The year was 1913 and there was turbulence in the Balkans. Following a coup in the Ottoman Empire, the first Balkan War continued with allied Balkan states defeating the Ottoman Empire. The peace treaty, signed in London on May 30, redrew the map lines of southeastern Europe. In June, Bulgaria, unhappy with the new boundaries, attacked Greece and Serbia in a short-lived effort to gain control over Macedonia. The Treaty of Bucharest ended the second Balkan War giving control of Macedonia to the Greek and Serbian allies.Â
Tragedy struck on October 14 in Senghenydd, Wales, when an explosion ripped through a coal mine killing 439 men and boys in the worst coal mining disaster in Welsh history. The explosion left 205 widows and 542 children without a father.Â Postcards commemorating the disaster can be found online through the National Library of Wales.Â Wikipedia also lists the names of those killed in the disaster. The Coal Mining History Resource Center maintains a national database of mining deaths and injuries in the UK.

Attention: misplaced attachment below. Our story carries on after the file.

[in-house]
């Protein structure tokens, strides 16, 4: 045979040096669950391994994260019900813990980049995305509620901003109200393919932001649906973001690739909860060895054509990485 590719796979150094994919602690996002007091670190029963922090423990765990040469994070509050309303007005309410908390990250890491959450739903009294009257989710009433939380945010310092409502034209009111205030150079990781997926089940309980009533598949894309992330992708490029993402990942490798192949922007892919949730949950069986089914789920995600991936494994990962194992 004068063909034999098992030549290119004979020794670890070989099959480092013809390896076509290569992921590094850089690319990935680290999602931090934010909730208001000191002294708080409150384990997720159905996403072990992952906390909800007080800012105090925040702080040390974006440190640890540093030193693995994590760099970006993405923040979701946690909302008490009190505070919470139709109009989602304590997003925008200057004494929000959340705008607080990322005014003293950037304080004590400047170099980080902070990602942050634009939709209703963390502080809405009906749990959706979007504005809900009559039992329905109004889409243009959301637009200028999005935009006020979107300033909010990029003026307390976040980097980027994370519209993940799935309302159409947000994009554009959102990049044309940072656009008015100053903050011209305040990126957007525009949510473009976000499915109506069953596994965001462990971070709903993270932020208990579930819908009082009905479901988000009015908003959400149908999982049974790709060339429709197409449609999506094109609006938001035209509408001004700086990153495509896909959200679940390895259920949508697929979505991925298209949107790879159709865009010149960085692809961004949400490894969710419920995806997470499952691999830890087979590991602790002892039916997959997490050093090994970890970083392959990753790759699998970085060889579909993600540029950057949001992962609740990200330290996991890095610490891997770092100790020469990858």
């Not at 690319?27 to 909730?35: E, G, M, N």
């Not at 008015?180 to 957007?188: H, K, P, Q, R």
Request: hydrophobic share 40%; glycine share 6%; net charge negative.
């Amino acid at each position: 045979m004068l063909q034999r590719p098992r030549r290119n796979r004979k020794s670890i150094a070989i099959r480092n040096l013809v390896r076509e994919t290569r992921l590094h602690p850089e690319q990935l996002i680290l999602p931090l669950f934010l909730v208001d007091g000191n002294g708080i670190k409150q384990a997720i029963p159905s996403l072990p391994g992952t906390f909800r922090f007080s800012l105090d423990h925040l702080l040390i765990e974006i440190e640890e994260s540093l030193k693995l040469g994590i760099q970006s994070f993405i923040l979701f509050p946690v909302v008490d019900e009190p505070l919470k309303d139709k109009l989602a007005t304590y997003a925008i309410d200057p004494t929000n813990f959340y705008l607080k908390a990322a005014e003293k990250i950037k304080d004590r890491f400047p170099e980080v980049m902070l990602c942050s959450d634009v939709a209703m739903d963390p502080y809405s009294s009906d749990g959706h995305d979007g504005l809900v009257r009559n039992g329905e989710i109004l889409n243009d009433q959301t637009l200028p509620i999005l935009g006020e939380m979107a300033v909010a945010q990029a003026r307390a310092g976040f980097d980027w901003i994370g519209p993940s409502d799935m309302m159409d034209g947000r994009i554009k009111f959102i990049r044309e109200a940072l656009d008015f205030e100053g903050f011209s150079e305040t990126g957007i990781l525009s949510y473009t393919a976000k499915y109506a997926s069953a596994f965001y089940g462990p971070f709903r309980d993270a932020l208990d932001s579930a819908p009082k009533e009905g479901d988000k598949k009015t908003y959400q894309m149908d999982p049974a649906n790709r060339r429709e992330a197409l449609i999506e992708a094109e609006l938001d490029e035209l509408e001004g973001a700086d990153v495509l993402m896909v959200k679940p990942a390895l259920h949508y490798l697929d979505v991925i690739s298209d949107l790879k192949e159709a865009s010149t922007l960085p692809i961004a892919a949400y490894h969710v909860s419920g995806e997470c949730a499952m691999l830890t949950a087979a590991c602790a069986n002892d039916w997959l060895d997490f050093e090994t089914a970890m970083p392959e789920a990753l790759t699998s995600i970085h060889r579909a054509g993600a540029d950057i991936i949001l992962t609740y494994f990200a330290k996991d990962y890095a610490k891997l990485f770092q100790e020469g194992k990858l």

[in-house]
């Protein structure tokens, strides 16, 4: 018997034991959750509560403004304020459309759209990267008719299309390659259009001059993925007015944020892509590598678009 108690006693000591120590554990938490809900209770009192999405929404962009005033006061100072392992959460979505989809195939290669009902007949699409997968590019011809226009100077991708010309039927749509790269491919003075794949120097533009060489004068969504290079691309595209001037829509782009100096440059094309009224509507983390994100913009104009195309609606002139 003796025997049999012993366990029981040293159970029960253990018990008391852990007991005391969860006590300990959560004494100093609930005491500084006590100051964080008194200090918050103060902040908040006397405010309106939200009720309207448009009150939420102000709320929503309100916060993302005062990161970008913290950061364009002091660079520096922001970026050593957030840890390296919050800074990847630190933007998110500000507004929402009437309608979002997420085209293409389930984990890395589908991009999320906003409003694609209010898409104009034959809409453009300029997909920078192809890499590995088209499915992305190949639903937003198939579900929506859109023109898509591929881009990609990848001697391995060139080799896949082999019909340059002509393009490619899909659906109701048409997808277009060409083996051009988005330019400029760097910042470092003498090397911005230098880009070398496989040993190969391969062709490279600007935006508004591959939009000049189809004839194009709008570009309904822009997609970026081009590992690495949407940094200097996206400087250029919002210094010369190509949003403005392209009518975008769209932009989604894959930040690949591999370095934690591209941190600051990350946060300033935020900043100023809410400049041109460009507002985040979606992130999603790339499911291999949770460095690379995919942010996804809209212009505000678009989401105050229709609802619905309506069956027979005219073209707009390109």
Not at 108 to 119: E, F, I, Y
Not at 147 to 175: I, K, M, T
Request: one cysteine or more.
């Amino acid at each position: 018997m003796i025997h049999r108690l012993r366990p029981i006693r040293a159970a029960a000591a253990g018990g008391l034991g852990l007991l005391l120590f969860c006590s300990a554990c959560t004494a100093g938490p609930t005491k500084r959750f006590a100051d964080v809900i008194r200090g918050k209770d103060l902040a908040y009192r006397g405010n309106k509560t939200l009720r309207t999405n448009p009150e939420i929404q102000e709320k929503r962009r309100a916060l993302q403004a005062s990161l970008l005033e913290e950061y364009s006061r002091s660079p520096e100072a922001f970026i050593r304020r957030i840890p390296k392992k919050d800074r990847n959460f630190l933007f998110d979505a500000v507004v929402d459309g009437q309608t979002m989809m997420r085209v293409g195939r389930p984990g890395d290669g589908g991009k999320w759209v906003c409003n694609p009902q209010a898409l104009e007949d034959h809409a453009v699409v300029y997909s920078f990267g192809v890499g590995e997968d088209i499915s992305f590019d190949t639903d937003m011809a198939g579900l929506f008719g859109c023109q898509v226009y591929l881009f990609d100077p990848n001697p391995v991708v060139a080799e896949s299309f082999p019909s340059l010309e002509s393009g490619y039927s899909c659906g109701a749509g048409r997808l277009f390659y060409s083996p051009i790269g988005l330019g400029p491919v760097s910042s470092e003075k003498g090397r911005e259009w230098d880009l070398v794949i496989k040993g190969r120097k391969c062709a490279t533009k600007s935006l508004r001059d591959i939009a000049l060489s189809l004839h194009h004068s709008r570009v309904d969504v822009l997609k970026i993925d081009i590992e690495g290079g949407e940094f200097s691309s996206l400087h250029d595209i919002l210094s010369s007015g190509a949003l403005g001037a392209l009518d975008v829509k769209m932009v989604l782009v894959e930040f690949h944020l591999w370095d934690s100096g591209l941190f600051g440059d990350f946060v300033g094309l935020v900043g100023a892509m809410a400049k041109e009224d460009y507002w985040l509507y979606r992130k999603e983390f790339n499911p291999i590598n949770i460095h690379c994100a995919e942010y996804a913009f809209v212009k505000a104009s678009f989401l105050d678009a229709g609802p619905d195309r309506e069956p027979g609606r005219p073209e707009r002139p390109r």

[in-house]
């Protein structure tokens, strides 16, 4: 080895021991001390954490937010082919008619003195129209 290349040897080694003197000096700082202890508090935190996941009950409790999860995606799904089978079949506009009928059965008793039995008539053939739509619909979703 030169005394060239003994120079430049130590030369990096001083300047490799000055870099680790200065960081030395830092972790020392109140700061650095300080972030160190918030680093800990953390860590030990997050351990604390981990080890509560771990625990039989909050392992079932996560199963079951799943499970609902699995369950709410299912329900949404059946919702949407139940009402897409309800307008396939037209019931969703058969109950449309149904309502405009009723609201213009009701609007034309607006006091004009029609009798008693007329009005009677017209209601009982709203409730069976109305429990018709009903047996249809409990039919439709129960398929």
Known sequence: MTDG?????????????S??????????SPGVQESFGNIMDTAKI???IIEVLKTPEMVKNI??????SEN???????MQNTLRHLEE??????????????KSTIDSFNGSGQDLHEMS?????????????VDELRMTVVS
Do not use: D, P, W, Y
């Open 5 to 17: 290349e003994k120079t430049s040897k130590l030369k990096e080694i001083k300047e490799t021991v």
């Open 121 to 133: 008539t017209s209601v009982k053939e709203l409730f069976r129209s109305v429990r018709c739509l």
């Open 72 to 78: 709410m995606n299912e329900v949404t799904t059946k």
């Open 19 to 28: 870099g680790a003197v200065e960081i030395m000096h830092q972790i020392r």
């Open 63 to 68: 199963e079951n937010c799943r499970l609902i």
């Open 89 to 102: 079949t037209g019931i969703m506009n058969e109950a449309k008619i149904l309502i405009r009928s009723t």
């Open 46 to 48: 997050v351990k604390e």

The following month, across the Atlantic a powerful storm dubbed the “Great Lakes White Hurricane” took 235 lives and caused up to forty shipwrecks. Most of the casualties came from large freighters wrecked on Lake Huron. The NOAA websiteÂ includes accounts describing thirty-five foot waves in succession, of the grisly sight of sailors washing up on Canadian shores following the storm, and in one interesting story where one of the “victims” walked in on his own funeral.
Earlier that year in March, a catastrophic flood had brought disaster to Dayton and other cities in the Miami River valley. The flood took more than 300 lives and caused more than 100 million dollars in damage. Photographs accompany the story of the flood and aftermath in Dayton in this article from the Dayton Metro Library.
In 1913, Thomas Woodrow WilsonÂ succeeded William Howard Taft in the presidency of the United States. During that first year in office, one of the most significant pieces of legislation passed was the Sixteenth Amendment, which provided for the creation of an income tax.Â
Crossword puzzles first came to fame in 1913 with the first publication of a puzzle by Arthur Wynne in the “New York World” on 21 December. They grew in popularity in the 1920s as they began appearing in other U.S. newspapers, eventually spreading across the ocean where they first appeared in the British “Pearson’s Magazine” in February 1922.Â
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